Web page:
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Asean Economic Community launch will see rise in trade flows, but also more problems: OCBC chief

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The launch of the Asean Economic Community this year will see an increase in trade flows, but also more problems such as money laundering and fraud, OCBC Bank chief executive Samuel Tsien said on Wednesday.

THE launch of the Asean Economic Community this year will see an increase in trade flows, but also more problems such as money laundering and fraud, OCBC Bank chief executive Samuel Tsien said on Wednesday.

"Trade, investments, capital and people flows are expected to significantly increase between the 10 Asean member states as a result of liberalisation of controls across the borders," Mr Tsien said while speaking at the ICC Banking Commission Annual Meeting.

Asean comprises Brunei, Cambodia, Indonesia, Laos, Malaysia, Myanmar, Philippines, Singapore, Thailand and Vietnam. With a population of 640 million, Asean's total trade in 2013 was US$2.5 trillion, up 1.4 per cent from 2012.

These developments are likely to shift more trade and trade finance activities to Asia, said Mr Tsien, who is also chairman of the Association of Banks in Singapore. "And Singapore, with its logistics, legal and financial services infrastructure built up over the past decades, will play an increasingly important role in this transformation."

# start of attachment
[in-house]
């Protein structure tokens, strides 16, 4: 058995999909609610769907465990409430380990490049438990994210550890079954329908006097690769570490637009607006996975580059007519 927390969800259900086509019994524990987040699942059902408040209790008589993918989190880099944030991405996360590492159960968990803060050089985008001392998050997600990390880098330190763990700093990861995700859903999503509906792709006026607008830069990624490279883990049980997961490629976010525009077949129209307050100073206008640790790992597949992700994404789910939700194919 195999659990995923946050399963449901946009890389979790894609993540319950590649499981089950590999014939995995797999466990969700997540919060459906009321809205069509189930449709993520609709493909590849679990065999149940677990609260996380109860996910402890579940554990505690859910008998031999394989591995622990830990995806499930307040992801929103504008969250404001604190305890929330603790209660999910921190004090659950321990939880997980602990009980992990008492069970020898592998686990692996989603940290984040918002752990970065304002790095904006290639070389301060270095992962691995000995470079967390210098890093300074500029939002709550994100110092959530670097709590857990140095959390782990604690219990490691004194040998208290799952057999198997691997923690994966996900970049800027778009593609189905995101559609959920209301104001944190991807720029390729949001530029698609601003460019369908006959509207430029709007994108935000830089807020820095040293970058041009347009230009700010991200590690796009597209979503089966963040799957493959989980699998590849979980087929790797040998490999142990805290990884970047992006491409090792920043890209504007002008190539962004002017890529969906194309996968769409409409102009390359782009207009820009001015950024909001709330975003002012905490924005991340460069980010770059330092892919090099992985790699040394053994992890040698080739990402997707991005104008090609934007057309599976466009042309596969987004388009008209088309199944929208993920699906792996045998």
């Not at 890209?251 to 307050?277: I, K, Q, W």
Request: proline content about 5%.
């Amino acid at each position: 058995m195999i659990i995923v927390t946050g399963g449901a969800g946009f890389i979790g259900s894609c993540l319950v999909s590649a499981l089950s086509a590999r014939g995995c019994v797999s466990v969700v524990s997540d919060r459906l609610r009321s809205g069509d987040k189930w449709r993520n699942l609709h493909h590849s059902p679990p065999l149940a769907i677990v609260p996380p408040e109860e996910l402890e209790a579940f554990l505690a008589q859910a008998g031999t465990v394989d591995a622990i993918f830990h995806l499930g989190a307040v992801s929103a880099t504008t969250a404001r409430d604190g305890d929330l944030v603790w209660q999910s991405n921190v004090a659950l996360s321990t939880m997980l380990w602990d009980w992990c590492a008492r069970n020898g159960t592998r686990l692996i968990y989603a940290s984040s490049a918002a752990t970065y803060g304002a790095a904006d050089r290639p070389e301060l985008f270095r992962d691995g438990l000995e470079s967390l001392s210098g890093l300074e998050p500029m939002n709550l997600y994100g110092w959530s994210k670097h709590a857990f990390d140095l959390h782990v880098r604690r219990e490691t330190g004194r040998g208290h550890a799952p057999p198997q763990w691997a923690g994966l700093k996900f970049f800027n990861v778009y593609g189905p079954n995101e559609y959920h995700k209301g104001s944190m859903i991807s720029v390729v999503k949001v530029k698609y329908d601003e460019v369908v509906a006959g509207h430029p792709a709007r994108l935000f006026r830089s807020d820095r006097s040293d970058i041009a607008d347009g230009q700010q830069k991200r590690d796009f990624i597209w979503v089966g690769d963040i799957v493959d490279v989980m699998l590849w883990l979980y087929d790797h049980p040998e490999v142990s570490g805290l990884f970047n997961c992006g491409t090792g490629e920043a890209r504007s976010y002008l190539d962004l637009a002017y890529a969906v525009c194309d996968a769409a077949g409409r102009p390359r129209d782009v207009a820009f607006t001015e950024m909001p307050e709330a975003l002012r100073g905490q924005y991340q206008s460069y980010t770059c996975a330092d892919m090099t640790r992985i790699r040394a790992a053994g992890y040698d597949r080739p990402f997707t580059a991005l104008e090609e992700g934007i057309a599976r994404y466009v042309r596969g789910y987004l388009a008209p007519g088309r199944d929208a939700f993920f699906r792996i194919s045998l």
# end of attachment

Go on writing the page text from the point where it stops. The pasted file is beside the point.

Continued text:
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"But we also need to be mindful of the new challenges that come along with it," he said. "We need to be watchful of cross-border money laundering, trade frauds and tax evasions that are sometimes associated with trade finance."

"These threats require prudent monitoring and vigilance on the part not only of the regulatory authorities, but also of the banks and all private-sector participants," said Mr Tsien.

No longer is compliance in trade finance limited to the examination of documents, he said. As crooks turn to complex trade finance transactions to conceal their activities, scrutiny of the transaction will need to go much beyond the mere review of documents, he said.

"Not only do we need to understand the transaction and know our customers, we also need to know our customers' customers," he said. "This will definitely increase the cost for providers of trade finance, but the industry simply cannot afford to allow trade to be tainted with criminal irregularities."

Access to trade credit is another challenge, Mr Tsien said.

The 2014 ICC annual survey showed that 41 per cent of the respondents perceived that there is a shortfall in the availability of trade finance, especially for small and medium enterprises (SMEs).

SMEs offer the largest employment in most economies. Without access to adequate credit, SMEs will not be able to create employment that is so crucial for economic expansion, he said.

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